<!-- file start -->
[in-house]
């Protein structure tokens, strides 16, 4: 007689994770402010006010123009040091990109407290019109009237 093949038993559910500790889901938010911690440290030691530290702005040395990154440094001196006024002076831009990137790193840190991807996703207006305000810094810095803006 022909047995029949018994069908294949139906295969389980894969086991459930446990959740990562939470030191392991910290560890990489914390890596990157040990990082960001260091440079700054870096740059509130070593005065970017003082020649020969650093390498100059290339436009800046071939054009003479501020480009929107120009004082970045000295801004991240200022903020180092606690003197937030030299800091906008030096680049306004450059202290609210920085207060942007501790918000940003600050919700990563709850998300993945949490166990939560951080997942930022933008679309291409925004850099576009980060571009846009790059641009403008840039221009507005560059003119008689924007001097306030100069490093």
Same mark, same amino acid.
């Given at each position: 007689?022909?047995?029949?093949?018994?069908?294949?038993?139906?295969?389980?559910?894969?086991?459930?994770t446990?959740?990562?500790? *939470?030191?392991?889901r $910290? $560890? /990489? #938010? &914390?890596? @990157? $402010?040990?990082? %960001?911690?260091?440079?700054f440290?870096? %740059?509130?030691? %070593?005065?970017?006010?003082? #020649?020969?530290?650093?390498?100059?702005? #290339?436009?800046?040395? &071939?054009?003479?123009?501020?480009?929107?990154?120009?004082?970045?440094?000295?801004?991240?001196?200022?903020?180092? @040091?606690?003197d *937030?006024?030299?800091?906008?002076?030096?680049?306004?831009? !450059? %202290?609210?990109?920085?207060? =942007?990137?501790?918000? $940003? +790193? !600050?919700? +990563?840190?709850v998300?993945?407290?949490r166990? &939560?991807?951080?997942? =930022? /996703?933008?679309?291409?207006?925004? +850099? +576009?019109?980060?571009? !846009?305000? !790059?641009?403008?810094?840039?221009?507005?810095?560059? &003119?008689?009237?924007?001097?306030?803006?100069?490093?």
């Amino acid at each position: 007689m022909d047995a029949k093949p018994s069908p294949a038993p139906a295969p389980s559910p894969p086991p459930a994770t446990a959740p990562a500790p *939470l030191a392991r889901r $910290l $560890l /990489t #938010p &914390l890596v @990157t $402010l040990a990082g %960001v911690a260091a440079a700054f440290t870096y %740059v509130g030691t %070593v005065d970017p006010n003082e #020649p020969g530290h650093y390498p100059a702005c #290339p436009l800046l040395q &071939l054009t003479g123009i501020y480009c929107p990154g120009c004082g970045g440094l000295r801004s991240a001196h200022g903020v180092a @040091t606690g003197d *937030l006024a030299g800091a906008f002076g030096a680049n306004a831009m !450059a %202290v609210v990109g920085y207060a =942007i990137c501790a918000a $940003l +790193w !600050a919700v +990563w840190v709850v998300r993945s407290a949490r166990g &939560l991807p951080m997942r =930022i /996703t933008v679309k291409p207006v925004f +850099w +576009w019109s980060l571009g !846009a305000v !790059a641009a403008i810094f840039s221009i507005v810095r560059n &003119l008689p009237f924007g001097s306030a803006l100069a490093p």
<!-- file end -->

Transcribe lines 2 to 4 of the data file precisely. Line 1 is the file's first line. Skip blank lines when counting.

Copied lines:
């Protein structure tokens, strides 16, 4: 007689994770402010006010123009040091990109407290019109009237 093949038993559910500790889901938010911690440290030691530290702005040395990154440094001196006024002076831009990137790193840190991807996703207006305000810094810095803006 022909047995029949018994069908294949139906295969389980894969086991459930446990959740990562939470030191392991910290560890990489914390890596990157040990990082960001260091440079700054870096740059509130070593005065970017003082020649020969650093390498100059290339436009800046071939054009003479501020480009929107120009004082970045000295801004991240200022903020180092606690003197937030030299800091906008030096680049306004450059202290609210920085207060942007501790918000940003600050919700990563709850998300993945949490166990939560951080997942930022933008679309291409925004850099576009980060571009846009790059641009403008840039221009507005560059003119008689924007001097306030100069490093």
Same mark, same amino acid.
């Given at each position: 007689?022909?047995?029949?093949?018994?069908?294949?038993?139906?295969?389980?559910?894969?086991?459930?994770t446990?959740?990562?500790? *939470?030191?392991?889901r $910290? $560890? /990489? #938010? &914390?890596? @990157? $402010?040990?990082? %960001?911690?260091?440079?700054f440290?870096? %740059?509130?030691? %070593?005065?970017?006010?003082? #020649?020969?530290?650093?390498?100059?702005? #290339?436009?800046?040395? &071939?054009?003479?123009?501020?480009?929107?990154?120009?004082?970045?440094?000295?801004?991240?001196?200022?903020?180092? @040091?606690?003197d *937030?006024?030299?800091?906008?002076?030096?680049?306004?831009? !450059? %202290?609210?990109?920085?207060? =942007?990137?501790?918000? $940003? +790193? !600050?919700? +990563?840190?709850v998300?993945?407290?949490r166990? &939560?991807?951080?997942? =930022? /996703?933008?679309?291409?207006?925004? +850099? +576009?019109?980060?571009? !846009?305000? !790059?641009?403008?810094?840039?221009?507005?810095?560059? &003119?008689?009237?924007?001097?306030?803006?100069?490093?």